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UFC Vegas 17 - New Blood: 2020’s final ‘Contender Series’ trio

Dana White’s Contender Series - Martinez v Rodriguez Photo by Chris Unger/DWCS LLC/Zuffa LLC

Despite everything, UFC Vegas 17 claws its way to the finish line this Saturday (Dec. 19, 2020) with 14 13 fights intact, including some fresh faces. On this final 2020 edition of “New Blood,” the series where there’s always new frustrations to be found, we look at three “Contender Series” veterans who punched their tickets to the Octagon with impressive finishes.

All recent “Contender Series” bouts are on ESPN+ (earlier ones can also be found on Fight Pass).

Drako “The Great Drakolini” Rodriguez

Weight Class: Bantamweight
Age: 24
Record: 7-1 (2 KO, 4 SUB)
Notable Victories: Mana Martinez

Rodriguez won all 13 of his amateur bouts and his first four professional bouts before running afoul of future UFC contender, Tony Gravely, in a bid for KOTC gold. After rebounding with a pair of wins, he joined “Contender Series,” where he choked out touted prospect Mana Martinez in less than a half-round.

Back in July 2019, KOTC founder Terry Trebilcock had this to say about Rodriguez:

“This kid is not ready for the UFC. He’s 22 years old, he’s got a handful of pro fights, and he could be very, very good. He’s one of the best boxers that I’ve seen in MMA at this point. His wrestling is decent, and his jiu-jitsu is terrible. So the problem is he has the ability to get away, but he has no offensive jiu-jitsu.”

That statement isn’t entirely accurate anymore, with the exception of his striking. While much of Rodriguez’s recent footage takes place on the ground, his hands looked plenty sharp in his brief standup exchange with Martinez and he seems adept at catching kicks. In addition, his Brazilian jiu-jitsu has improved considerably. Indeed, while locking up a fight-ending triangle on Martinez as the latter tried to sweep, he showed some sweeping skills of his own against Shaine Moffitt three fights back and caught him with a nice armbar transition.

His passing and bottom game both look legitimate.

The bit about his wrestling might not be entirely wrong, though. Gravely put him through the wringer with a relentless takedown onslaught, and while Rodriguez made admirable attempts to sweep or submit, including a damn close Hail Mary triangle in the fourth, his gas tank ultimately gave out on him and allowed Gravely to pound him out. That said, Gravely is one of the best wrestlers in the division, and Rodriguez’s refusal to accept bad positions bodes well for his future.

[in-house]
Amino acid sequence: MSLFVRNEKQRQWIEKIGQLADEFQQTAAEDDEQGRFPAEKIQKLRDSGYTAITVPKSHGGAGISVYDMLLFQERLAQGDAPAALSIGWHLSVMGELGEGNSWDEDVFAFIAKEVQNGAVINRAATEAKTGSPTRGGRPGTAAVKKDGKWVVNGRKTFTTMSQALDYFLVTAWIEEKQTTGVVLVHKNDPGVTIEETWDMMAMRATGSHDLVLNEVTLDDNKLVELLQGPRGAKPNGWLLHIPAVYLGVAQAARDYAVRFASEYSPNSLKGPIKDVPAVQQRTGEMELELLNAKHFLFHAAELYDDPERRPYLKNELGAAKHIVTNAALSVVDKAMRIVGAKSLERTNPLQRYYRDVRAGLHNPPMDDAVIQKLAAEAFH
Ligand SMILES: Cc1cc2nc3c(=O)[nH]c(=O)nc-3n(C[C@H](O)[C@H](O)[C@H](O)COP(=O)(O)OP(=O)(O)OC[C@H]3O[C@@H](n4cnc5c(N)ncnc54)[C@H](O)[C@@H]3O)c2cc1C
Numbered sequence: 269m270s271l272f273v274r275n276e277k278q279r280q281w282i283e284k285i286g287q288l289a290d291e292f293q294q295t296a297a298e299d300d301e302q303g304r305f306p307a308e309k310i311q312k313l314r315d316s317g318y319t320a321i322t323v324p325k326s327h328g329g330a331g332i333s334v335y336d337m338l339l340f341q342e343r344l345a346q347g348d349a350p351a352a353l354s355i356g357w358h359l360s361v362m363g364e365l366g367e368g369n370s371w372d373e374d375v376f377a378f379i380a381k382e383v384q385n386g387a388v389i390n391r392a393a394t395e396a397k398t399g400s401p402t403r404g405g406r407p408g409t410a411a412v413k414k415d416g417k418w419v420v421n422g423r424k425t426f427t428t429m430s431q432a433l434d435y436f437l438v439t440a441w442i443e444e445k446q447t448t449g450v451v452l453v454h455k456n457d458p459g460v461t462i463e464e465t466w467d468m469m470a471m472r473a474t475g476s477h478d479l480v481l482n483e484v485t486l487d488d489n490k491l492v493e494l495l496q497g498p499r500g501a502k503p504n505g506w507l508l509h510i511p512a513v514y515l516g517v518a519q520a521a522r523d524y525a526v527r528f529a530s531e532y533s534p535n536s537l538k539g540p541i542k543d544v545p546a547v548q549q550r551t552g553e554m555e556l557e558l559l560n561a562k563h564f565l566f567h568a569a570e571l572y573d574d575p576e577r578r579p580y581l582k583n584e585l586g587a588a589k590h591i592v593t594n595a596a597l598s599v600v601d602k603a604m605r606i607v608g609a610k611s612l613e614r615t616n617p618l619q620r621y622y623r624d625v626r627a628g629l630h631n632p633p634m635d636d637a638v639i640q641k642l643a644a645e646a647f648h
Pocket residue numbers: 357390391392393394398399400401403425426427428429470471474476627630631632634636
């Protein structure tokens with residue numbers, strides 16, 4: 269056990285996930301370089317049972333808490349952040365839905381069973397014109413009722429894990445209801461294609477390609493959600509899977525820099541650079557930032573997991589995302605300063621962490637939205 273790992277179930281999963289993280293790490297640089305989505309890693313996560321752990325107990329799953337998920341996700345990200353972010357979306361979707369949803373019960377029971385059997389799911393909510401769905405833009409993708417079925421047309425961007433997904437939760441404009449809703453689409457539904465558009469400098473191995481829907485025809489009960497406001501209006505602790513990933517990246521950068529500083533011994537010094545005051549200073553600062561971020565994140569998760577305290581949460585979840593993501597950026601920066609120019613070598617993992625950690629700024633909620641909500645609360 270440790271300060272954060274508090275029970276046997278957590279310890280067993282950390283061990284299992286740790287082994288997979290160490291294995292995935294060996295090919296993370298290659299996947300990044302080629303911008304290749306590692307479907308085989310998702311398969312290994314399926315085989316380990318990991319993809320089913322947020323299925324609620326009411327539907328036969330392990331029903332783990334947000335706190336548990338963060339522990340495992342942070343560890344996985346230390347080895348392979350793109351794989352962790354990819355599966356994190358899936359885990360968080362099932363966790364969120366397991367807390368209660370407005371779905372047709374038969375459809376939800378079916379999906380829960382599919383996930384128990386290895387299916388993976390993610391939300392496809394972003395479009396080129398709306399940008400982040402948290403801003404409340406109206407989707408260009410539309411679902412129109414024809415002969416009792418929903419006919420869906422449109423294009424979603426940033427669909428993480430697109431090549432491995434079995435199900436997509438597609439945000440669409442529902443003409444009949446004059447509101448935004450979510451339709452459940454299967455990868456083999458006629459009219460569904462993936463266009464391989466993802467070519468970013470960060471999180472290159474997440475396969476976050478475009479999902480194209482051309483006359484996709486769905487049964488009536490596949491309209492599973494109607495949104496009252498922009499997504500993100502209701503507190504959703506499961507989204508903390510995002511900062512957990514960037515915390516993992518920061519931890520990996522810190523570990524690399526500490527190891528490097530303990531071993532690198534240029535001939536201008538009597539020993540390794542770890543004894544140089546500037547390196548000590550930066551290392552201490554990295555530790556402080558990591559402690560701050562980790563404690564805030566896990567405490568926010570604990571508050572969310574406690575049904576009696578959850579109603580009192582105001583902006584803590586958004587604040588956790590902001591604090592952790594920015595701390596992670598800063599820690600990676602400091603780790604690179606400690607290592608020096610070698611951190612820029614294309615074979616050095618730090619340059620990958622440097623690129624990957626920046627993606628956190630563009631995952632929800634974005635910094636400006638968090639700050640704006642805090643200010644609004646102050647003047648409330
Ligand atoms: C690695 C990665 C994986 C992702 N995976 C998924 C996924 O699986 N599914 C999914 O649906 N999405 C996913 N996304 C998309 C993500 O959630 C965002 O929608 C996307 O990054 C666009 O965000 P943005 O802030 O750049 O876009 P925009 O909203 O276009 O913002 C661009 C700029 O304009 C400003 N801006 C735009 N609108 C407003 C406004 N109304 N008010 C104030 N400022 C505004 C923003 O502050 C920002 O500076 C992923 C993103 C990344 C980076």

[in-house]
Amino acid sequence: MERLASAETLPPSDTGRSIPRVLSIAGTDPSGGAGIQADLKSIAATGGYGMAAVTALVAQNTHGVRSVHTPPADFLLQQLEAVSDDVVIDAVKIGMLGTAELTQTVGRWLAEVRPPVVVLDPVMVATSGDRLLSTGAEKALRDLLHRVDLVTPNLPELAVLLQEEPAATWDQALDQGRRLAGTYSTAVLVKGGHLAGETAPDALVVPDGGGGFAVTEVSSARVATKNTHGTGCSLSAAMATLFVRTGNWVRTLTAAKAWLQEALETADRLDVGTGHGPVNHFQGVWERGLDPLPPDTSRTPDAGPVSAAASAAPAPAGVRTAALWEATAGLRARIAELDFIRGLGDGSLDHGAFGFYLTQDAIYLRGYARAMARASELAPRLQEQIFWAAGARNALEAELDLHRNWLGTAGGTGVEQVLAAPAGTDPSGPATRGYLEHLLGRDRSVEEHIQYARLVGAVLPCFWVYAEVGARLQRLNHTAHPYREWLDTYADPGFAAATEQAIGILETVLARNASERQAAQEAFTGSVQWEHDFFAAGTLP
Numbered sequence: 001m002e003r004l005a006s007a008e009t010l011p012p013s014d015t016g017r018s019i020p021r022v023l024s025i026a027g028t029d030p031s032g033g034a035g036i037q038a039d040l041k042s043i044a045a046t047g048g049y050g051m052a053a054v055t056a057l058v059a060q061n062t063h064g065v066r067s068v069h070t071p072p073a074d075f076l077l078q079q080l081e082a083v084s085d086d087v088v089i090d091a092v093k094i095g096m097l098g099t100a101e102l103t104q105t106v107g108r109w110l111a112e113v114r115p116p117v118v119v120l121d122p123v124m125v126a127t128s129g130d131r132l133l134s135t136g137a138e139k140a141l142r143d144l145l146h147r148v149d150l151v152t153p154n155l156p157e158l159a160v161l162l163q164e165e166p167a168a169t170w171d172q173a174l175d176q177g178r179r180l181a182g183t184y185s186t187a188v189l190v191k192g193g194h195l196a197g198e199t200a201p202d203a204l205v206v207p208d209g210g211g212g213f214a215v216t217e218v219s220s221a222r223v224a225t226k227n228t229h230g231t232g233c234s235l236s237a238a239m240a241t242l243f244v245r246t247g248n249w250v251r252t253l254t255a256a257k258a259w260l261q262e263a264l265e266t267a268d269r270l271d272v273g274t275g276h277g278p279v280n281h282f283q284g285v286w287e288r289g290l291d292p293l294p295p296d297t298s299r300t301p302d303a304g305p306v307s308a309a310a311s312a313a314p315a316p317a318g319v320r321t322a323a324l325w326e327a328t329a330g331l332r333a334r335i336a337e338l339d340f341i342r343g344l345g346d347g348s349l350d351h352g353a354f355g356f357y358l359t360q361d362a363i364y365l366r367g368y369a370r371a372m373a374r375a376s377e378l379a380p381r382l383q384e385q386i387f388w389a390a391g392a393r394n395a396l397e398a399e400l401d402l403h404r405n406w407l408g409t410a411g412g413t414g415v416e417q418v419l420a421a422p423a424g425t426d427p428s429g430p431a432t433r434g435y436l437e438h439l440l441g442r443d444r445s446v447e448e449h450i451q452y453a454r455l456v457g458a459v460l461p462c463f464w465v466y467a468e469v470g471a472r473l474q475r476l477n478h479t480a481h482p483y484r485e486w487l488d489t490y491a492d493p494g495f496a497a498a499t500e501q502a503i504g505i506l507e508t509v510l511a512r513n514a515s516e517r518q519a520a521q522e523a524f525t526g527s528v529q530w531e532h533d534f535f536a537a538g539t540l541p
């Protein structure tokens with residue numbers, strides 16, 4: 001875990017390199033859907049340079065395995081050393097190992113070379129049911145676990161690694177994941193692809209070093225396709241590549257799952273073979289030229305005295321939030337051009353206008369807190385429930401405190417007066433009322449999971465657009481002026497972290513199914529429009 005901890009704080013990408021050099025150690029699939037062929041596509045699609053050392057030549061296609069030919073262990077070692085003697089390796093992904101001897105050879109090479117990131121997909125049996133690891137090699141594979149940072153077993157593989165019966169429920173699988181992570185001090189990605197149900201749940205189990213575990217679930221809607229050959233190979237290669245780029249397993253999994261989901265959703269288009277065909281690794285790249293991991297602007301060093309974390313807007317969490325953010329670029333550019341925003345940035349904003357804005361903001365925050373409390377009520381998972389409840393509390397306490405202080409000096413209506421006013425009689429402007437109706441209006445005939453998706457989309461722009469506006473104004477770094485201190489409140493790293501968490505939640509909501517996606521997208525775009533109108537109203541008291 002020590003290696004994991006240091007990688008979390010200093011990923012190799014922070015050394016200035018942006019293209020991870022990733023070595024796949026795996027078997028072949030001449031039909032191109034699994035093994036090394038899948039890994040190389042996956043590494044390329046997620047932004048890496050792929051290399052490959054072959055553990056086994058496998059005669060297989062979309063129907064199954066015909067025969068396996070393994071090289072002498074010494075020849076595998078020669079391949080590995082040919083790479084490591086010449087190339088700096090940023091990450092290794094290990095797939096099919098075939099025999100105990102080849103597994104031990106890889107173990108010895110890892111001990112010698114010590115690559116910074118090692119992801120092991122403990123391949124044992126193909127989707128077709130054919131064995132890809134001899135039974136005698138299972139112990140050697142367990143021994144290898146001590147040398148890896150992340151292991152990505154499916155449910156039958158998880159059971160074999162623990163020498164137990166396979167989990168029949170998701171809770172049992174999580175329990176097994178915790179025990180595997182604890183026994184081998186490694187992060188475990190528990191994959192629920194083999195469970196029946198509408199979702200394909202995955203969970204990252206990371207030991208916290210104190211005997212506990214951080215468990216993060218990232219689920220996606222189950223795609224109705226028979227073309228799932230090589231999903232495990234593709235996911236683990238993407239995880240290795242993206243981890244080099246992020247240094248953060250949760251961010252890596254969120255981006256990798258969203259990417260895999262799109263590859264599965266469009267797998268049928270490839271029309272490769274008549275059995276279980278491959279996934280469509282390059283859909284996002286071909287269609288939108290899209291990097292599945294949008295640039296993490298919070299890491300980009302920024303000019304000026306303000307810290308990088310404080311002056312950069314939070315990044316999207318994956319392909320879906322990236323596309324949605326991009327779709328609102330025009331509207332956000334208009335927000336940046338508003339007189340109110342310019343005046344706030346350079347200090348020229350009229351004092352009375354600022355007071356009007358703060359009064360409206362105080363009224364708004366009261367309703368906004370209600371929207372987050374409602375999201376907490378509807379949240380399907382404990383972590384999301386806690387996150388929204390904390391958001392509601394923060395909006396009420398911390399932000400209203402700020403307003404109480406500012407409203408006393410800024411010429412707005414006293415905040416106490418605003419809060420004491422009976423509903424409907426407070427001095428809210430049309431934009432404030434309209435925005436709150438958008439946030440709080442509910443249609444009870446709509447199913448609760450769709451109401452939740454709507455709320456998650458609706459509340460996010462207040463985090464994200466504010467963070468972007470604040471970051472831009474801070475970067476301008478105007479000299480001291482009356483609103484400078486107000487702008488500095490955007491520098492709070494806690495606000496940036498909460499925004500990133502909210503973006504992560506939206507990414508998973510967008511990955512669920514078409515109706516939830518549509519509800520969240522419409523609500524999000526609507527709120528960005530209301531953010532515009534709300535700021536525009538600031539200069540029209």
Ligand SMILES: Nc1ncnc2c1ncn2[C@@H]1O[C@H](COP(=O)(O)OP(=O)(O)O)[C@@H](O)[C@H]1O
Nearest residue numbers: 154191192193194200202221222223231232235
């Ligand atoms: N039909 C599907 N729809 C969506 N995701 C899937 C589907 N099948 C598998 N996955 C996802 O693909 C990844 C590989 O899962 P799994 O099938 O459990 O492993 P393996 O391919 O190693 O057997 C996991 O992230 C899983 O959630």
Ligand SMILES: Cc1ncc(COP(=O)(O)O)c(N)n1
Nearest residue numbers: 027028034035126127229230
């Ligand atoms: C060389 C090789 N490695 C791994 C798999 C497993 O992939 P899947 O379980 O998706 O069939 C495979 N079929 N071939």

It’s hard to get an exact bead on Rodriguez’s abilities, as Gravely was a toxic match up and his most recent available fights ended too quickly to get good data; however, what I’ve seen looks extremely promising. He’s definitely a strong addition to the Bantamweight roster.

Opponent: He welcomes Aiemann Zahabi back to the Octagon after a lengthy hiatus. Zahabi’s dangerous on the ground, but his lack of offensive wrestling should allow Rodriguez to piece him up on the feet without issue.

Tape: His fight with Martinez is on ESPN+.

Tafon “Da Don” Nchukwi

Weight Class: Middleweight
Age: 26
Record: 4-0 (4 KO)
Notable Victories: William Knight, Al Matavao

Three amateur knockouts and three professional knockouts — one of which came over “Contender Series” alum William Knight — earned Nchukwi a spot on the program. There, he met Al Matavao, whom he head kicked into oblivion in the second round.

Nchukwi is as imposing as they come, a 6’0” slab of muscle whose every strike screams “get the f—k out of the way.” He switch-hits well, bangs the body with admirable fervor, and has kicks as heavy as his hands. His favorite combination seems to be the three-two, and as seen in the Matavao fight, he does an excellent job of catching people with strikes as they try to circle out of engagements.